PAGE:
(36) If any order shall be made, and the court not informed of the last material order formerly made, no benefit shall be taken by such order, as granted by abuse and surreptition, and to that end the registers ought duly to mention the former order in the latter.

(37) No order shall be explained upon any private petition, but in court as they are made; and the register is to set down the orders as they were pronounced by the court truly at his peril, without troubling the lord chancellor by any private attending of him to explain his meaning; and if any explanation be desired, it is to be done by public motion, where the other party may be heard.

(38) No draft of any order shall be delivered by the register to either party without keeping a copy by him, to the end that, if the order be not entered, nevertheless the court may be informed what was formerly done, and not put to new trouble and hearing, and to the end, also, that knowledge of orders be not kept back too long from either party, but may presently appear at the office.

(39) Where a lease1 hath been debated, upon hearing of both parties, and opinion hath been delivered

1 "This word ought to be 'cause,' and it is so stated in Toth.

(Proceed.) 30." Beames, Order Ch., 20.

by the court, and, nevertheless, the cause referred to treaty, the registers are not to omit the opinion of the court in drawing of the order of reference, except the court doth specially declare that it be entered without any opinion either way; in which case, nevertheless, the registers, are out of their short note, to draw up some more full remembrance of that that passed in court, to inform the court if the cause come back and cannot be agreed.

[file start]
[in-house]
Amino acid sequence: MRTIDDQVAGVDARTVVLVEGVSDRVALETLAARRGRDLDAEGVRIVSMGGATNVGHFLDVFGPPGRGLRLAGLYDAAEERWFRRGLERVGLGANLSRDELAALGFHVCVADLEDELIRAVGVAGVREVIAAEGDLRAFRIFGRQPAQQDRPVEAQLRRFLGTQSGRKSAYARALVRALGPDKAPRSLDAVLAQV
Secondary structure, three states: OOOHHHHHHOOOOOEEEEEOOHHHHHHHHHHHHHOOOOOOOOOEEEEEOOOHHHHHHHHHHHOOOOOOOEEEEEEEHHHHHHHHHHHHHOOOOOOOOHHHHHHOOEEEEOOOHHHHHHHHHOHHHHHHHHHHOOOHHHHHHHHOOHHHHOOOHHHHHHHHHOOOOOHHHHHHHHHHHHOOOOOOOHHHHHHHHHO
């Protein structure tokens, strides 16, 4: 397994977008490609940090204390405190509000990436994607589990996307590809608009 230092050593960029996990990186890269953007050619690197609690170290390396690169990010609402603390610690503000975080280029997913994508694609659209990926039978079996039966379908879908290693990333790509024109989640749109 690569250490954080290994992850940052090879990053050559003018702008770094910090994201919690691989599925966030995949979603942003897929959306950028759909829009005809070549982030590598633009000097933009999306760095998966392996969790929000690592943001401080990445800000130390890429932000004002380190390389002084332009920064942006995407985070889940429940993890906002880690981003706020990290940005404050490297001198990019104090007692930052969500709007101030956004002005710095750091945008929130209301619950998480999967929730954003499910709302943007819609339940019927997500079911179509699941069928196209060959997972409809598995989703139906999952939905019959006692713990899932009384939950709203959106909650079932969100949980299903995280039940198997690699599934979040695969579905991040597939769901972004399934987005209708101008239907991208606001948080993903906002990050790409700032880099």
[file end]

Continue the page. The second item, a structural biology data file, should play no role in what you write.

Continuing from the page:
(40) The registers, upon sending of their draft unto the counsel of the parties, are not to respect the interlineations or alterations of the said counsel (be the said counsel never so great), further than to put them in remembrance of that which was truly delivered in court, and so to conceive the order upon their oath and duty, without any further respect.

(41) The registers are to be careful in penning and drawing up of decrees, and special matters of difficulty and weight, and therefore, when they present the same to the lord chancellor, they ought to give him understanding which are those decrees of weight, that they may be read and reviewed before his lordship sign them.

(42) The decrees granted at the rolls are to be presented to his lordship, with the orders whereupon they are drawn, within two or three days after every term.

(43) Injunctions for possession, or for stay of suits after verdict, are to be presented to his lordship together with the orders whereupon they go forth, that his lordship may take consideration of the order before he sign them.

(44) Where any order upon the special nature of the case shall be made against any of these general rules, there the register shall plainly and expressly-set down the particulars, reasons, and grounds moving the court to vary from the general rule.

(45) No reference upon a demurrer or question touching the jurisdiction of the court shall be made to the masters of the chancery, but such demurrers shall be heard and ruled in court, or by the lord chancellor himself.